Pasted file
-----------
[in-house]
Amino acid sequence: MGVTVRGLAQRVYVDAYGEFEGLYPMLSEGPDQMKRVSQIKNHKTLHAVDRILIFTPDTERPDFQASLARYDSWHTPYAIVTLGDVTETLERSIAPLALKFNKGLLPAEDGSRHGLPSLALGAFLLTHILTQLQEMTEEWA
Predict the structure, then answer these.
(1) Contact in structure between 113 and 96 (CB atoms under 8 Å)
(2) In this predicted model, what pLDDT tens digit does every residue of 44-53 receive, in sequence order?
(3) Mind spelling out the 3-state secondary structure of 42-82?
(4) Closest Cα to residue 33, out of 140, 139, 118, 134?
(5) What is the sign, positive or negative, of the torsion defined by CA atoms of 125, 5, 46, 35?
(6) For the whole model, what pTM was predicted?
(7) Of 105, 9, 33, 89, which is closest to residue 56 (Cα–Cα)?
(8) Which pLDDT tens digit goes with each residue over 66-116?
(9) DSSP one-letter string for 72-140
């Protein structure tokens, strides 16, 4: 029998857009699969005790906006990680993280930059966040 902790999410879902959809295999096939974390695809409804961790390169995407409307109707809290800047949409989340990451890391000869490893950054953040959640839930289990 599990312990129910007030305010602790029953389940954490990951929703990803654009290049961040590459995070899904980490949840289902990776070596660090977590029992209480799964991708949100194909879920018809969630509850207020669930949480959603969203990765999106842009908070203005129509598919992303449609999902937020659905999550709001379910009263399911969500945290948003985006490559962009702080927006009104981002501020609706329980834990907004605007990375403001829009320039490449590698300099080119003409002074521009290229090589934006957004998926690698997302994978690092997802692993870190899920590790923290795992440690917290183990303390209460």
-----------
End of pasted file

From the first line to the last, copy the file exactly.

[in-house]
Amino acid sequence: MGVTVRGLAQRVYVDAYGEFEGLYPMLSEGPDQMKRVSQIKNHKTLHAVDRILIFTPDTERPDFQASLARYDSWHTPYAIVTLGDVTETLERSIAPLALKFNKGLLPAEDGSRHGLPSLALGAFLLTHILTQLQEMTEEWA
Predict the structure, then answer these.
(1) Contact in structure between 113 and 96 (CB atoms under 8 Å)
(2) In this predicted model, what pLDDT tens digit does every residue of 44-53 receive, in sequence order?
(3) Mind spelling out the 3-state secondary structure of 42-82?
(4) Closest Cα to residue 33, out of 140, 139, 118, 134?
(5) What is the sign, positive or negative, of the torsion defined by CA atoms of 125, 5, 46, 35?
(6) For the whole model, what pTM was predicted?
(7) Of 105, 9, 33, 89, which is closest to residue 56 (Cα–Cα)?
(8) Which pLDDT tens digit goes with each residue over 66-116?
(9) DSSP one-letter string for 72-140
């Protein structure tokens, strides 16, 4: 029998857009699969005790906006990680993280930059966040 902790999410879902959809295999096939974390695809409804961790390169995407409307109707809290800047949409989340990451890391000869490893950054953040959640839930289990 599990312990129910007030305010602790029953389940954490990951929703990803654009290049961040590459995070899904980490949840289902990776070596660090977590029992209480799964991708949100194909879920018809969630509850207020669930949480959603969203990765999106842009908070203005129509598919992303449609999902937020659905999550709001379910009263399911969500945290948003985006490559962009702080927006009104981002501020609706329980834990907004605007990375403001829009320039490449590698300099080119003409002074521009290229090589934006957004998926690698997302994978690092997802692993870190899920590790923290795992440690917290183990303390209460």